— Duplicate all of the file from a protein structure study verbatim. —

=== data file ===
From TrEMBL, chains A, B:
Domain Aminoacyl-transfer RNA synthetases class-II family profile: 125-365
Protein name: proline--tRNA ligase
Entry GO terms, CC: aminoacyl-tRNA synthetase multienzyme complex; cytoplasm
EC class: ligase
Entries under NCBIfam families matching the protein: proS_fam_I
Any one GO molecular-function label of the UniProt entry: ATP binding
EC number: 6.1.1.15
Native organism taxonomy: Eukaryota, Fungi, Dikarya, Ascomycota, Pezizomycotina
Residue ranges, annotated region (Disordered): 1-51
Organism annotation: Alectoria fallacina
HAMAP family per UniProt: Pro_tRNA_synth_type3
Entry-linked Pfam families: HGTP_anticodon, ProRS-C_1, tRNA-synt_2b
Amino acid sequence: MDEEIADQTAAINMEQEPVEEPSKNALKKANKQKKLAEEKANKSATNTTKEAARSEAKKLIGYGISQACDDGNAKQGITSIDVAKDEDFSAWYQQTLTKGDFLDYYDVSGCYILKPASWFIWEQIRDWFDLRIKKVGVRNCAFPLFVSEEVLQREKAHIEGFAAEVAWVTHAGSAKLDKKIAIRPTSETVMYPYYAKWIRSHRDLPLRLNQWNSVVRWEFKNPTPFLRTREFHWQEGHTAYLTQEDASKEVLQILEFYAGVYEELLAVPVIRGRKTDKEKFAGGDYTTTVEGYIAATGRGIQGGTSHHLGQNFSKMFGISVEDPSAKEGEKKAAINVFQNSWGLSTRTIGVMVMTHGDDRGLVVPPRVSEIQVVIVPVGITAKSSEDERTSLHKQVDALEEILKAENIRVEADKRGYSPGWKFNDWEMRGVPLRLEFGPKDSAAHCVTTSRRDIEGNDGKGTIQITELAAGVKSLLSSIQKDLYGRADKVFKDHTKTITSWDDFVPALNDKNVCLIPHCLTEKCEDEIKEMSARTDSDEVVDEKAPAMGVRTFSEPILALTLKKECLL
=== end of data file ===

From TrEMBL, chains A, B:
Domain Aminoacyl-transfer RNA synthetases class-II family profile: 125-365
Protein name: proline--tRNA ligase
Entry GO terms, CC: aminoacyl-tRNA synthetase multienzyme complex; cytoplasm
EC class: ligase
Entries under NCBIfam families matching the protein: proS_fam_I
Any one GO molecular-function label of the UniProt entry: ATP binding
EC number: 6.1.1.15
Native organism taxonomy: Eukaryota, Fungi, Dikarya, Ascomycota, Pezizomycotina
Residue ranges, annotated region (Disordered): 1-51
Organism annotation: Alectoria fallacina
HAMAP family per UniProt: Pro_tRNA_synth_type3
Entry-linked Pfam families: HGTP_anticodon, ProRS-C_1, tRNA-synt_2b
Amino acid sequence: MDEEIADQTAAINMEQEPVEEPSKNALKKANKQKKLAEEKANKSATNTTKEAARSEAKKLIGYGISQACDDGNAKQGITSIDVAKDEDFSAWYQQTLTKGDFLDYYDVSGCYILKPASWFIWEQIRDWFDLRIKKVGVRNCAFPLFVSEEVLQREKAHIEGFAAEVAWVTHAGSAKLDKKIAIRPTSETVMYPYYAKWIRSHRDLPLRLNQWNSVVRWEFKNPTPFLRTREFHWQEGHTAYLTQEDASKEVLQILEFYAGVYEELLAVPVIRGRKTDKEKFAGGDYTTTVEGYIAATGRGIQGGTSHHLGQNFSKMFGISVEDPSAKEGEKKAAINVFQNSWGLSTRTIGVMVMTHGDDRGLVVPPRVSEIQVVIVPVGITAKSSEDERTSLHKQVDALEEILKAENIRVEADKRGYSPGWKFNDWEMRGVPLRLEFGPKDSAAHCVTTSRRDIEGNDGKGTIQITELAAGVKSLLSSIQKDLYGRADKVFKDHTKTITSWDDFVPALNDKNVCLIPHCLTEKCEDEIKEMSARTDSDEVVDEKAPAMGVRTFSEPILALTLKKECLL